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The Realities of Drug Overdose

For most of us, it can be difficult to imagine the worst-case scenario happening. When it comes to substance use, you may think you are invincible or, at the very least, believe that overdoses only happen to other people. However, an overdose can happen to anyone at any time, even to people who only take medication as prescribed. Therefore, if you consistently misuse substances, you increase your risk of a drug overdose every day.

What Is Considered an Overdose?

According to MedlinePlus, an overdose happens when you take more than the normal or recommended dose of a substance. Moreover, overdoses can be either intentional or accidental. Intentional or deliberate overconsumption happens when you purposely take more of a drug than you should. Accidental overconsumption, on the other hand, happens when you unintentionally take more than you should.

While overconsumption should never be taken lightly, the effects of an overdose can range in severity from mild to severe, depending on the substance, dosage, and your unique chemical makeup. Therefore, it is important to know the signs and symptoms of a drug overdose.

Signs and Symptoms of an Overdose

As noted by the Centers for Disease Control and Prevention (CDC), overdoses are a leading cause of injury-related deaths in the United State, most occurring from opioids. Some signs and symptoms of an opioid overdose, provided by MedlinePlus, include:

  • Cold/clammy skin
  • Extremely pale face
  • Blue lips and nails
  • Limp body
  • Vomiting
  • Gurgling sounds
  • Unable to speak
  • Unconsciousness
  • Breathing or heartbeat slows or stops

Understanding the risk factors of opioid use can help you see the reality of your own risks.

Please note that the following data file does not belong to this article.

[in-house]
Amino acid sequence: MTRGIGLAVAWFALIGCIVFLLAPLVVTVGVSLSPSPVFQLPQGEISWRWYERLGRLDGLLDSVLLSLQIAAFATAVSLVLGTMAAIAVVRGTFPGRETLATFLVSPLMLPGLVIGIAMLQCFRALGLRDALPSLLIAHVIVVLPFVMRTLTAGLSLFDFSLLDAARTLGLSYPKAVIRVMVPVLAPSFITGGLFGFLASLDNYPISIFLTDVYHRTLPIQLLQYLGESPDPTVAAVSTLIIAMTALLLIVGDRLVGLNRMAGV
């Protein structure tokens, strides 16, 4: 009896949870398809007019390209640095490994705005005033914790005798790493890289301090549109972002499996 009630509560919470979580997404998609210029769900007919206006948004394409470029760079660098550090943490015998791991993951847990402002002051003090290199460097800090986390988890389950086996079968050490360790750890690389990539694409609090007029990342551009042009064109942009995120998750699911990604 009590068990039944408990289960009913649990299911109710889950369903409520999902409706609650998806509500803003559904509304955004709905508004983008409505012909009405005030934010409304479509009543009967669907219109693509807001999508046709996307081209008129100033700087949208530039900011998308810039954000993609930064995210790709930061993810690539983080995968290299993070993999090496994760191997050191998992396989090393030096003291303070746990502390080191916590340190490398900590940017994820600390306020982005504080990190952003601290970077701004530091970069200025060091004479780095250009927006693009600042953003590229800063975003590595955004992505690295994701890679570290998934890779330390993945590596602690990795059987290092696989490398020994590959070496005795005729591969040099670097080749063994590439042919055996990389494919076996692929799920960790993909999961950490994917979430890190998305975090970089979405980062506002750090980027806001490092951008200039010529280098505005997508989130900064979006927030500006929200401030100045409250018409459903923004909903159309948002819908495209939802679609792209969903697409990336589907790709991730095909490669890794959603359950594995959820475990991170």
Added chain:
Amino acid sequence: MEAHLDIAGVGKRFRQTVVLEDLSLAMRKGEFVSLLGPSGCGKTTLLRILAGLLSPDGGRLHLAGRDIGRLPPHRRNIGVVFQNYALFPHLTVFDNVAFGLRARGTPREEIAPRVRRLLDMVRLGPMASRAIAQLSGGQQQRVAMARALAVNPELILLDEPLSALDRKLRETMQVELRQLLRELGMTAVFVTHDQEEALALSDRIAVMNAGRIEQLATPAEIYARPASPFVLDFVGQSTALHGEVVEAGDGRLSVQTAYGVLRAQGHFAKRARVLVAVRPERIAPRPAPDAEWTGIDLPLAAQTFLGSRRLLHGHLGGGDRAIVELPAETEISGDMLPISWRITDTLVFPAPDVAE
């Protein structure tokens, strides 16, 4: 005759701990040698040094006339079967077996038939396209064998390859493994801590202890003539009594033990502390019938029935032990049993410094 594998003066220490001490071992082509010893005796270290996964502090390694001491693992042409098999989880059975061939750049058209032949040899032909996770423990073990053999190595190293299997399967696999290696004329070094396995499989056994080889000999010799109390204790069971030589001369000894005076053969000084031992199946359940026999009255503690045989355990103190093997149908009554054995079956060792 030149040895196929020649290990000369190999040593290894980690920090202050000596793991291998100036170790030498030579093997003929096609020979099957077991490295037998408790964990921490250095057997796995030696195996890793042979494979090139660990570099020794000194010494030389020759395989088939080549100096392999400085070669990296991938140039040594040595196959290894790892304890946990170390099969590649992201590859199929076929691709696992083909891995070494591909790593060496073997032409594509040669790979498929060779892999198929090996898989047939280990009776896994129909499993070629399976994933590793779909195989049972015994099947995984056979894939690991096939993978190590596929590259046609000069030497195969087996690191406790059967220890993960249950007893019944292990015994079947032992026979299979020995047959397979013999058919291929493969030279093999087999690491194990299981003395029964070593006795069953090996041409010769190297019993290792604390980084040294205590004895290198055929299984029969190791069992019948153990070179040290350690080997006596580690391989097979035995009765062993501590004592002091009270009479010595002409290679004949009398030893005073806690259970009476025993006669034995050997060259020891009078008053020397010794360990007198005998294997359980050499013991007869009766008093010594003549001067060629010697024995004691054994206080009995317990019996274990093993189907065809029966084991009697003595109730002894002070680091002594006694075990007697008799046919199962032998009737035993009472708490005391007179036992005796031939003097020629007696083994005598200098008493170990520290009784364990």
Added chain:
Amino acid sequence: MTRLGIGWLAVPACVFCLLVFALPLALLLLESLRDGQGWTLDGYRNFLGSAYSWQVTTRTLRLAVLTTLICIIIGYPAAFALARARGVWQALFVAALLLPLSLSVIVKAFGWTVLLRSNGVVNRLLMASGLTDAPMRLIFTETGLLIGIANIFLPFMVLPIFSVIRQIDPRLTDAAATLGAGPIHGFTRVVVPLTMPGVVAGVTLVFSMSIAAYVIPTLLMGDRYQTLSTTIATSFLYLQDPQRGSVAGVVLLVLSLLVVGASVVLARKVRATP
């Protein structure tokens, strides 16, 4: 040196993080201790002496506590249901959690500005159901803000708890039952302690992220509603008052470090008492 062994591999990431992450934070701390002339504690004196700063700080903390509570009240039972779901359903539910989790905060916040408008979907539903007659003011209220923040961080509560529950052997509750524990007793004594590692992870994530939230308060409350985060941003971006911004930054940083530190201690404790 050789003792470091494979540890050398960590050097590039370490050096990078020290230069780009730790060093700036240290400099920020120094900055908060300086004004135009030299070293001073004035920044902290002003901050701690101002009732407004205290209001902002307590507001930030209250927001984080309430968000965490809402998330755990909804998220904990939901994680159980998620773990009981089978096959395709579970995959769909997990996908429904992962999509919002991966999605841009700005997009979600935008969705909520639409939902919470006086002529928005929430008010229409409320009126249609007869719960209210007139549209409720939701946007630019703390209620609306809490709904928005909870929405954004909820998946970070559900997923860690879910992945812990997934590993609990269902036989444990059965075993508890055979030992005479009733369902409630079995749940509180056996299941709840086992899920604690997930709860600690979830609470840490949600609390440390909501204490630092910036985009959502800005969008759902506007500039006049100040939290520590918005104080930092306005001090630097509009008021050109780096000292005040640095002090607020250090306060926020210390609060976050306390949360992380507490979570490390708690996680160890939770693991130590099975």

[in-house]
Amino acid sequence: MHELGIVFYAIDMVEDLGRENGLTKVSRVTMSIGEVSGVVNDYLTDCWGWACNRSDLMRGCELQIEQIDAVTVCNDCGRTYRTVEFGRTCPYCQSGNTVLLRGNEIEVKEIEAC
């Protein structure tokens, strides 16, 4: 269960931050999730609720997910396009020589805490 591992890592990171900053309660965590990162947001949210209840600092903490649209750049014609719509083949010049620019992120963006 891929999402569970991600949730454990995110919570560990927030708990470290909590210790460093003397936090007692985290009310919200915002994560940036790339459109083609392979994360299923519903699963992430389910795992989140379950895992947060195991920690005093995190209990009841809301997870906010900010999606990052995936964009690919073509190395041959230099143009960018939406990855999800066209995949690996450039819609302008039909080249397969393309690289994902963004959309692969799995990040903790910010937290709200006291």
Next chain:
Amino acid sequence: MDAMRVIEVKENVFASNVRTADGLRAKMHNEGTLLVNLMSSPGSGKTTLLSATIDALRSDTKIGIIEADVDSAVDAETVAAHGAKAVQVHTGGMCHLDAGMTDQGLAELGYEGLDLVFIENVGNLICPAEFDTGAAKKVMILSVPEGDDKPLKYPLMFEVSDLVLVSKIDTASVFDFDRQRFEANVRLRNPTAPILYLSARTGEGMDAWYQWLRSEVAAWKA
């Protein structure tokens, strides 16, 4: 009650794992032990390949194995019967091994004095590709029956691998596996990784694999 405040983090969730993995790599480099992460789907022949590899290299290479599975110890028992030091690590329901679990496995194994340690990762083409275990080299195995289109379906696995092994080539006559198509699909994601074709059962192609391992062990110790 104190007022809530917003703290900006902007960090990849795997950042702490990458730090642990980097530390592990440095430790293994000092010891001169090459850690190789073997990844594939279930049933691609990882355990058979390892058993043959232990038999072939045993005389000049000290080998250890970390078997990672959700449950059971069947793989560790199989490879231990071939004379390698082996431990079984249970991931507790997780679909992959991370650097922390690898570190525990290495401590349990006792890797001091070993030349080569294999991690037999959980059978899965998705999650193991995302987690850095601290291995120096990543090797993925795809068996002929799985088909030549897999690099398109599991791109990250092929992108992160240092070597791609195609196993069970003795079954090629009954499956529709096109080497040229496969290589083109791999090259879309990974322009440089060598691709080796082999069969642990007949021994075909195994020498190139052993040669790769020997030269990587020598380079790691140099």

Causes and Risk Factors

As noted in a 2022 book published by StatPearls, causes of opioid overconsumption are not limited to intentional and accidental overuse. Causes of overconsumption can also include prescription errors and complications due to substance use. Therefore, prolonged substance use can play a role in your increased risk for an overdose. In addition, listed below are some other factors that can increase your risk:

  • Increasing your dosage as a result of drug tolerance
  • Experiencing relapse after starting sobriety
  • Medical conditions
  • The presence of co-occurring mental health disorders
  • Combining opioids with other sedatives
  • Your demographics: Men, young adults, and non-Hispanics are at greater risk of overdose.

Whether it is yourself or a loved one, an overdose can happen to you at any time. Moreover, the risk you take with substance use increases your risk for this deadly condition. However, you can reduce your risk with support.

Finding Support at The Guest House

At The Guest House, we know that ending your substance use can be difficult because your brain and body are wired to seek out feelings of pleasure, happiness, comfort, and reward. However, the pleasure or reward feeling you experience with substances is short-lived and fabricated as you need more and more of the substance to feel any positive emotion. Yet, there are ways to experience positive emotions without substances. At The Guest House, we provide a holistic approach to care that helps you learn how to find joy without substances for your long-term healing.

Substance use can have life-threatening side effects like an overdose. SUD-related overdoses, especially from opioids, are a leading cause of injury-related death in the United States. However, with treatment and support, you can decrease your risk of overdose and death. At The Guest House, we can help you uncover finding joy in life without substances. Through a wide variety of holistic approaches to care, we can support you and your specific needs for long-term healing. Call us today at (855) 483-7800.